Which came first, the idea for the album or the idea for the play?
I would say it was the album first. I would say I was interested in trying to figure out how to tell her story. So the first support I had around, seven years ago I applied for a grant through the Mid-Atlantic Arts Foundation. They have something called French American Jazz Exchange and I asked a longtime collaborator of mine, Hervé Samb, a guitarist/composer who is Senegalese but based in Paris whom I have worked with for many years, if he would like to collaborate with me on this. The grant application was to reimagine Miriam Makeba's music. I was really just interested in having time to understand her story, and take a deeper look at her story and life's journey, and hopefully get some insight into what her music was about. I think we all have broad stroke understandings of what she was about. That's something I realized, that as someone who thinks I know a lot about Miriam Makeba, I really only know the surface. I didn't know as much as I thought I knew. I think everyone can speak to her opposition to apartheid, her activism and what she represented culturally and so many of the first that she was able to do and be as an African artist and woman.
But I realized when I really started researching her story, reading her autobiography, translating the lyrics of her whole 50- 60-year catalog of music, talking to her colleagues and people who were close to her, I realized how much we didn't know. In many ways I was just committed to honoring her story and her life. I wasn't sure it was going to show up as a play. But the initial thing was to let me reimagine her music. And the more I learned the more I wanted to tell. That's when I realized that honestly the dimensionality of an album wasn't large enough for her life story. So these two projects are really meant to be in conversation with each other. The album as myself honoring her as a vocalist; and the play asks people to believe they're there on the night of her last performance, which was also the final night of her life. And stepping into memory with Miriam Makeba.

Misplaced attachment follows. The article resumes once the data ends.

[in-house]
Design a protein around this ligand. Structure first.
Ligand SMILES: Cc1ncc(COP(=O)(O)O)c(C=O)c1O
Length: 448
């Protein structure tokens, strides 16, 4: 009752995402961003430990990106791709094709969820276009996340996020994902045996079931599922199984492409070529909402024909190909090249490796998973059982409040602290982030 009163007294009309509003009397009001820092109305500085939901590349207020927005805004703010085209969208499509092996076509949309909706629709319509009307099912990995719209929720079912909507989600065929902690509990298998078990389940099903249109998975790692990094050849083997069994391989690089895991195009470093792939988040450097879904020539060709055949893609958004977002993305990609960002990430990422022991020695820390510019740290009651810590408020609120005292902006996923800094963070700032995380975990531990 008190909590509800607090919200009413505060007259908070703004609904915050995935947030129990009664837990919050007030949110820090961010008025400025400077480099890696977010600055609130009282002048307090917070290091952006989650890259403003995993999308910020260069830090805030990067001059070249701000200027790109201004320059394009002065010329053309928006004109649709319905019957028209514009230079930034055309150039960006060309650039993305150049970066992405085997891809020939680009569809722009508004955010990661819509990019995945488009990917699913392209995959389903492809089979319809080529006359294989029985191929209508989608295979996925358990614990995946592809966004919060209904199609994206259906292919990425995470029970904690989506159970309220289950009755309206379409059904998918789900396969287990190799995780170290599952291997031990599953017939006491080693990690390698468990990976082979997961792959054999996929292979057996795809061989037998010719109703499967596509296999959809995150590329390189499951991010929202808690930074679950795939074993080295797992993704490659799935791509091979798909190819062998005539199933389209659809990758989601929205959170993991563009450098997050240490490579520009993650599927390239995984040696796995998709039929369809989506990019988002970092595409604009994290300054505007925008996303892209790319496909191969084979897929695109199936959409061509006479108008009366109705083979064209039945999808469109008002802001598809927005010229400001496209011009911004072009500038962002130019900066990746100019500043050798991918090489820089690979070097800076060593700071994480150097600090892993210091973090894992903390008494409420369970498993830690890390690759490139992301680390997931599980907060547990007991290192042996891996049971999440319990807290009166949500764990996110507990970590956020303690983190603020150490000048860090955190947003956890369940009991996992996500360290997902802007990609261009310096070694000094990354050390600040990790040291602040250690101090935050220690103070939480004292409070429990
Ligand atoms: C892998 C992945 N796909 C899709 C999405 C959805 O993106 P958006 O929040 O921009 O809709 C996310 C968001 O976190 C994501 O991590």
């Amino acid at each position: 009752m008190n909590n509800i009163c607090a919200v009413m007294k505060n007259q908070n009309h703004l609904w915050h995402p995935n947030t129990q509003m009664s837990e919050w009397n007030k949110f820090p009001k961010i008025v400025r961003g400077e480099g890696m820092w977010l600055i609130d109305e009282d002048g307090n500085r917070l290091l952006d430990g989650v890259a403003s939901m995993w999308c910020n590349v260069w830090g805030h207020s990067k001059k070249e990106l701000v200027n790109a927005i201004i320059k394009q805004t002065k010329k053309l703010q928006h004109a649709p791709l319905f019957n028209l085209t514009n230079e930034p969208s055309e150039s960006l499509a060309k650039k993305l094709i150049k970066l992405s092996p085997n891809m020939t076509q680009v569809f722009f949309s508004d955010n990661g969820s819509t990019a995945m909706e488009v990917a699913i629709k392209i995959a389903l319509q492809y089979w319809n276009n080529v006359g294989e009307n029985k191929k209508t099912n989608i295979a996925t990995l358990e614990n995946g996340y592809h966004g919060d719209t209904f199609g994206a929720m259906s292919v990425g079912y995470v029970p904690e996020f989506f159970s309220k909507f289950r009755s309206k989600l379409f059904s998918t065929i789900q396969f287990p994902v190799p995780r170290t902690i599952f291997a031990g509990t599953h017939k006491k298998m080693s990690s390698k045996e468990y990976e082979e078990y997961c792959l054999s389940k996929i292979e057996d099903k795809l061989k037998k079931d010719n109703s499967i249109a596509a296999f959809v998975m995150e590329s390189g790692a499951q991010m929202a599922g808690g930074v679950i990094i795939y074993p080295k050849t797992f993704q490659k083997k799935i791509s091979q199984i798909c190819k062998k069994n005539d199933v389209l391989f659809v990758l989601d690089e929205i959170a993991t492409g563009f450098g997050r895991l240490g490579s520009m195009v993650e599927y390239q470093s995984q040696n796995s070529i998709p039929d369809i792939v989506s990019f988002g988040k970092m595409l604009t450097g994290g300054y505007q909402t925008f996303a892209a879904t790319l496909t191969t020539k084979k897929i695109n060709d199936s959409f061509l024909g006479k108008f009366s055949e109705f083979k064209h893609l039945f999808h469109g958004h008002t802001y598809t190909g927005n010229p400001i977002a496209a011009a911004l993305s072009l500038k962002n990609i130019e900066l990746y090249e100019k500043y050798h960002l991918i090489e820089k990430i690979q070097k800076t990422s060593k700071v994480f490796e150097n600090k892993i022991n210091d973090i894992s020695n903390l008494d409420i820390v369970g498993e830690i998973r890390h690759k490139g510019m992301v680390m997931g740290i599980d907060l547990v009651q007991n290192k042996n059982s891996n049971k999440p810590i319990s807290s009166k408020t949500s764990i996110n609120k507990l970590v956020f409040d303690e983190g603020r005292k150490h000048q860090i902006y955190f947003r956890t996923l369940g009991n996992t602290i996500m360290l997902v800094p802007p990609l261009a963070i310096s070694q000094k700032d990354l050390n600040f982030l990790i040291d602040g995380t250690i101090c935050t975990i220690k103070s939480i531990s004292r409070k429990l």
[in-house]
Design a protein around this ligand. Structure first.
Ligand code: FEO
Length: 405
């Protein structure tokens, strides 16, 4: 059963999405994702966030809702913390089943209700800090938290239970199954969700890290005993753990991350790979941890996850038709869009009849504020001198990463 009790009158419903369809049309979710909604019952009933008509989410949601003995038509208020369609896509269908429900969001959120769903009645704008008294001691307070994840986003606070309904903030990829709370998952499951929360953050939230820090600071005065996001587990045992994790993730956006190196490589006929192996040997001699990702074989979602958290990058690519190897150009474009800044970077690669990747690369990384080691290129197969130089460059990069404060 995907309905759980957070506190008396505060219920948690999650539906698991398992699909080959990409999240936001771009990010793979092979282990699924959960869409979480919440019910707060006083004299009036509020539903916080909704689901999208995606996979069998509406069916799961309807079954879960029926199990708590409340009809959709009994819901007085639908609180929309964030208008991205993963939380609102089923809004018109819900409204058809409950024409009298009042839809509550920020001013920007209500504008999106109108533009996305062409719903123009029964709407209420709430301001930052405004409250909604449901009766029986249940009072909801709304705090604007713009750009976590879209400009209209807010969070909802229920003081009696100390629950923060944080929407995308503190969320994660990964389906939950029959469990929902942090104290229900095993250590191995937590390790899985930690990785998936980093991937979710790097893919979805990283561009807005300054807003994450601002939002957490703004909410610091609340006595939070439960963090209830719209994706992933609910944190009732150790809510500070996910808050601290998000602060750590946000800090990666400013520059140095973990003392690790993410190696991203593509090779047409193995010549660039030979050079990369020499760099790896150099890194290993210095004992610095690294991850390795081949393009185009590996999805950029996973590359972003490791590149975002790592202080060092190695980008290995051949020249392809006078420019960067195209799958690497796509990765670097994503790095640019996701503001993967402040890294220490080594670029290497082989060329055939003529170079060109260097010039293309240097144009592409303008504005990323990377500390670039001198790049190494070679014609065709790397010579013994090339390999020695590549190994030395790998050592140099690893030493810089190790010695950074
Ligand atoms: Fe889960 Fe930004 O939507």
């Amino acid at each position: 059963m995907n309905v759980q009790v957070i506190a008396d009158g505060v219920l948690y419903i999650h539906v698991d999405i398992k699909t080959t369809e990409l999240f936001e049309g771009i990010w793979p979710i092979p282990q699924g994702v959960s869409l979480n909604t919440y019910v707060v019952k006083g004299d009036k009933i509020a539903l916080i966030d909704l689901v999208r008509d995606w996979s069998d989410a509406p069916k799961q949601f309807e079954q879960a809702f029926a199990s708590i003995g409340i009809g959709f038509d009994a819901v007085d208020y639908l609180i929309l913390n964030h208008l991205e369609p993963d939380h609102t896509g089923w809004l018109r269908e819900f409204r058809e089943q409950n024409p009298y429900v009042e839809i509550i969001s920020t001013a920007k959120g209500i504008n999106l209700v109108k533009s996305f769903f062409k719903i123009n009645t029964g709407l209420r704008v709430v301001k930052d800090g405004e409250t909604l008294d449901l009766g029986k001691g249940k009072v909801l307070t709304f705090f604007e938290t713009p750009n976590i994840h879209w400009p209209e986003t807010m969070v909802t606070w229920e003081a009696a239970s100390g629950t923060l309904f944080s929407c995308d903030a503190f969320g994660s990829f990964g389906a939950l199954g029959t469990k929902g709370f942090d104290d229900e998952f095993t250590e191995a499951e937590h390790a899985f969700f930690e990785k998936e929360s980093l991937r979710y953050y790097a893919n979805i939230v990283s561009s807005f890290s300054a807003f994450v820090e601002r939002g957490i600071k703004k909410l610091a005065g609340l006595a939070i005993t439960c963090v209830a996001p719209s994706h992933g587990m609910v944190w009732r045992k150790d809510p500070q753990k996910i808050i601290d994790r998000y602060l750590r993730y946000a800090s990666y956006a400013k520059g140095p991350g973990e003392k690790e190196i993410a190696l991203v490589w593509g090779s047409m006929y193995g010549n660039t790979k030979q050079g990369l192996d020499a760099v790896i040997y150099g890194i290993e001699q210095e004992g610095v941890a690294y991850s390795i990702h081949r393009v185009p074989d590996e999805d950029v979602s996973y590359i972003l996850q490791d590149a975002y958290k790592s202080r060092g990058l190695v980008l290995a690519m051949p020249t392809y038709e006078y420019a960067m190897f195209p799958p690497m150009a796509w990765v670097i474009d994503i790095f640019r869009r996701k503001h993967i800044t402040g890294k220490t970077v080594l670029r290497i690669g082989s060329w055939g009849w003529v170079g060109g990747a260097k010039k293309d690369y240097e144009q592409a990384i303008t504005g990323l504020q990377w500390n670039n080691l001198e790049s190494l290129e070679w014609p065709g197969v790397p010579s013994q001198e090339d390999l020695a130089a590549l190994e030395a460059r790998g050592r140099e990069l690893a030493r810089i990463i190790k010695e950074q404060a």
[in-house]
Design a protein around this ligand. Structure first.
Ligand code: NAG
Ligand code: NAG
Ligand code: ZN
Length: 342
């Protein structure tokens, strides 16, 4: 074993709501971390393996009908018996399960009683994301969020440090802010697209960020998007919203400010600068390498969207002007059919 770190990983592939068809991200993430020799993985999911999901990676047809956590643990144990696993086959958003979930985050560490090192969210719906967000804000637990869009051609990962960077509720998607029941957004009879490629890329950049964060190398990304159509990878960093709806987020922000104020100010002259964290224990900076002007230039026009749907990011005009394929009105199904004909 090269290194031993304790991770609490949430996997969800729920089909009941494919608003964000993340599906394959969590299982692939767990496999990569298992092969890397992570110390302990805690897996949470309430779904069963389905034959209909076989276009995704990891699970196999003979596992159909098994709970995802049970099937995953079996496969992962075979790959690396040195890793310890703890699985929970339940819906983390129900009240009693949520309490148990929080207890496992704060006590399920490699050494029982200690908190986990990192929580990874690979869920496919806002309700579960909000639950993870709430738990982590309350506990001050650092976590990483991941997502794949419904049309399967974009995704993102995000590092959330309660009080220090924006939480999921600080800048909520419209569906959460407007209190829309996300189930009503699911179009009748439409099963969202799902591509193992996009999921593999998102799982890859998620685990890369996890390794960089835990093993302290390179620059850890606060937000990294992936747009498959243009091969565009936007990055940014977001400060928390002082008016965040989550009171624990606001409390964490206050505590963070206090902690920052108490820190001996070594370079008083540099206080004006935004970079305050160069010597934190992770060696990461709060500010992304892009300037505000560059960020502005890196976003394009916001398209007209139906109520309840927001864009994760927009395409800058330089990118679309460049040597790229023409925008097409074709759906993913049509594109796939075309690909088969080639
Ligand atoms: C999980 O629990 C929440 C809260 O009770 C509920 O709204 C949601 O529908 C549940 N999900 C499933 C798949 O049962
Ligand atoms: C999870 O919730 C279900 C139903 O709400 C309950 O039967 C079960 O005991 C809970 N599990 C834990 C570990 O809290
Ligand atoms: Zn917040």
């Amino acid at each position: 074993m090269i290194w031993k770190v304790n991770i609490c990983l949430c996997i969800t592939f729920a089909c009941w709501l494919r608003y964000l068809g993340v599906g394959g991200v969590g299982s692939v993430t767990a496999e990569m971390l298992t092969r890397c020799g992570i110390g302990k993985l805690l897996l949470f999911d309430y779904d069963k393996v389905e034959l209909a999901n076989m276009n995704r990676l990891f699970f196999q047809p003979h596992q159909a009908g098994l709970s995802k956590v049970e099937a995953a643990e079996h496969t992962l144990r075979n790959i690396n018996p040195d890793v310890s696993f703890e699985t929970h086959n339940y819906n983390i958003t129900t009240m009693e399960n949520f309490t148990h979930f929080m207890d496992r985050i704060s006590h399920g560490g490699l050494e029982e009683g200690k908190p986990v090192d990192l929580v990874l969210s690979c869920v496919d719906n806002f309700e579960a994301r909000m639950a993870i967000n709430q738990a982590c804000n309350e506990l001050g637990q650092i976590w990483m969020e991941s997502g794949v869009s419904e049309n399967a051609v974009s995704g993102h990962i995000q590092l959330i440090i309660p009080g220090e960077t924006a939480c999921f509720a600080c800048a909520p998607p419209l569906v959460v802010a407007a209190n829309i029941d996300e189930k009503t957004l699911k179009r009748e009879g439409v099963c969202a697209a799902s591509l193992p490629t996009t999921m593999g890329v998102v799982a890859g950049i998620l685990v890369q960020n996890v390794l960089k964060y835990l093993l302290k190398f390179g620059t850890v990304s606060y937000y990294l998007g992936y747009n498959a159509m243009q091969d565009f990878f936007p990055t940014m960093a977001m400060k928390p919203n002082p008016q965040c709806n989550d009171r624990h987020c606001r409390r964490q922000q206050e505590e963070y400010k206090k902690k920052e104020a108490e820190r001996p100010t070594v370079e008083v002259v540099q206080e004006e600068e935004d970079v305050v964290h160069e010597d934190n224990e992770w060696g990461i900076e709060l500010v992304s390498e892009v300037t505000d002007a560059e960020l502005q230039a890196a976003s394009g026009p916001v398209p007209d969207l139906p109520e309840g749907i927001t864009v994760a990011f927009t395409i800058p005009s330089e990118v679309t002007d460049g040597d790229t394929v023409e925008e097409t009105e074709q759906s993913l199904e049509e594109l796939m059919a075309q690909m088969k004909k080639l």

Do you sing differently on stage as Miriam Makeba, as opposed to on the album, where you sing a song either popularized or written by Miriam Makeba?
That's a wonderful question. I make different musical choices absolutely on stage in character. But I think some of those choices were just because of the blurring of the mind, and also at this point after a seven-year deep dive, with multiple years of research and study, I already had a closeness to the material from the workshopping of the theatrical side of things. But I tried to be intentional. For example the song, "Milele," which on the album also features Seun Kuti and Thandiswa Mazwai, that leans into a lot of African pop tendencies with the arrangements and the choices that were made there. That is not what it is in the play. In the play it leans more towards her time in Guinea. The other thing is that in the play there are spirits that are showing up and performing so it's not just my voice if you will. So the answer is yes and no. At times yes and at times definitely no. And even if the song shows up in both places--and not all of them do but there is some overlap, about half of the album-- that has to do with my love of those particular songs and also not being able to choose which one to let go of. But in many ways that has been the journey for the album. The journey is trying to figure out how to honor her voice but still honor my own. I'd like to believe that something new has emerged. In that meeting of voices a new voice has emerged. I'll leave it at that.